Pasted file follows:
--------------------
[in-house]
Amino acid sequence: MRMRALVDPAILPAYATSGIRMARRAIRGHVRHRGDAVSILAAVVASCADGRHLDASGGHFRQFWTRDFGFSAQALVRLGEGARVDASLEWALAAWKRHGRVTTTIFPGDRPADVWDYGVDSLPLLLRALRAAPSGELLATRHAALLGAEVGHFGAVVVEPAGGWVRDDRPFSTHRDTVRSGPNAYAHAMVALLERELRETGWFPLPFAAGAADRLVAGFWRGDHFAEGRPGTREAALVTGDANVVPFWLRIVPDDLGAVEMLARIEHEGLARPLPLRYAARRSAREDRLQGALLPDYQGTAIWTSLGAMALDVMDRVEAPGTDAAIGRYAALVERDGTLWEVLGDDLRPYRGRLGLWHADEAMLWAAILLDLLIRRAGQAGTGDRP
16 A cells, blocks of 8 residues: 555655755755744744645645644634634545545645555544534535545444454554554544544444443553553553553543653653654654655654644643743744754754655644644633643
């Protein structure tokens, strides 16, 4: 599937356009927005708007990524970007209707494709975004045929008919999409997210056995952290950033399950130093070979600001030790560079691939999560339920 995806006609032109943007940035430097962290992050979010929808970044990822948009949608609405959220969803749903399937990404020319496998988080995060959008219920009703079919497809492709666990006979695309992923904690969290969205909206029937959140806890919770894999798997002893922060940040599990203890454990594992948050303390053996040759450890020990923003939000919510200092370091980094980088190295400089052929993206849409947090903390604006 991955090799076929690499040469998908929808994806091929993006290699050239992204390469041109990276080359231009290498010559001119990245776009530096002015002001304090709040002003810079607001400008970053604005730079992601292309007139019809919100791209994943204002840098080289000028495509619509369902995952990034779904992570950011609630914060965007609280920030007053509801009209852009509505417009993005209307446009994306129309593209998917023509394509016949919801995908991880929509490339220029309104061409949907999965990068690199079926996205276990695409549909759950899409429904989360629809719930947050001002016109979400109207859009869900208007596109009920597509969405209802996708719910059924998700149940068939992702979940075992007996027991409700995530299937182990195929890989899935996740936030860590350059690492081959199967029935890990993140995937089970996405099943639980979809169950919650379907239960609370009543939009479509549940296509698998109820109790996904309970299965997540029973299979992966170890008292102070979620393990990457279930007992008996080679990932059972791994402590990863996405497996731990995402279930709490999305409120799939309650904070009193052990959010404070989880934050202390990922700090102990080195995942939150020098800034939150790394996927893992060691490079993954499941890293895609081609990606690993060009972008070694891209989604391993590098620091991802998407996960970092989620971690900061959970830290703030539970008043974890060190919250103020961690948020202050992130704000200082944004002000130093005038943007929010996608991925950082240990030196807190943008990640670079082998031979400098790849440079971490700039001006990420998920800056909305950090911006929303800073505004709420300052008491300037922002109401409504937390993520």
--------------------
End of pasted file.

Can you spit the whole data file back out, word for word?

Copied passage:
[in-house]
Amino acid sequence: MRMRALVDPAILPAYATSGIRMARRAIRGHVRHRGDAVSILAAVVASCADGRHLDASGGHFRQFWTRDFGFSAQALVRLGEGARVDASLEWALAAWKRHGRVTTTIFPGDRPADVWDYGVDSLPLLLRALRAAPSGELLATRHAALLGAEVGHFGAVVVEPAGGWVRDDRPFSTHRDTVRSGPNAYAHAMVALLERELRETGWFPLPFAAGAADRLVAGFWRGDHFAEGRPGTREAALVTGDANVVPFWLRIVPDDLGAVEMLARIEHEGLARPLPLRYAARRSAREDRLQGALLPDYQGTAIWTSLGAMALDVMDRVEAPGTDAAIGRYAALVERDGTLWEVLGDDLRPYRGRLGLWHADEAMLWAAILLDLLIRRAGQAGTGDRP
16 A cells, blocks of 8 residues: 555655755755744744645645644634634545545645555544534535545444454554554544544444443553553553553543653653654654655654644643743744754754655644644633643
């Protein structure tokens, strides 16, 4: 599937356009927005708007990524970007209707494709975004045929008919999409997210056995952290950033399950130093070979600001030790560079691939999560339920 995806006609032109943007940035430097962290992050979010929808970044990822948009949608609405959220969803749903399937990404020319496998988080995060959008219920009703079919497809492709666990006979695309992923904690969290969205909206029937959140806890919770894999798997002893922060940040599990203890454990594992948050303390053996040759450890020990923003939000919510200092370091980094980088190295400089052929993206849409947090903390604006 991955090799076929690499040469998908929808994806091929993006290699050239992204390469041109990276080359231009290498010559001119990245776009530096002015002001304090709040002003810079607001400008970053604005730079992601292309007139019809919100791209994943204002840098080289000028495509619509369902995952990034779904992570950011609630914060965007609280920030007053509801009209852009509505417009993005209307446009994306129309593209998917023509394509016949919801995908991880929509490339220029309104061409949907999965990068690199079926996205276990695409549909759950899409429904989360629809719930947050001002016109979400109207859009869900208007596109009920597509969405209802996708719910059924998700149940068939992702979940075992007996027991409700995530299937182990195929890989899935996740936030860590350059690492081959199967029935890990993140995937089970996405099943639980979809169950919650379907239960609370009543939009479509549940296509698998109820109790996904309970299965997540029973299979992966170890008292102070979620393990990457279930007992008996080679990932059972791994402590990863996405497996731990995402279930709490999305409120799939309650904070009193052990959010404070989880934050202390990922700090102990080195995942939150020098800034939150790394996927893992060691490079993954499941890293895609081609990606690993060009972008070694891209989604391993590098620091991802998407996960970092989620971690900061959970830290703030539970008043974890060190919250103020961690948020202050992130704000200082944004002000130093005038943007929010996608991925950082240990030196807190943008990640670079082998031979400098790849440079971490700039001006990420998920800056909305950090911006929303800073505004709420300052008491300037922002109401409504937390993520």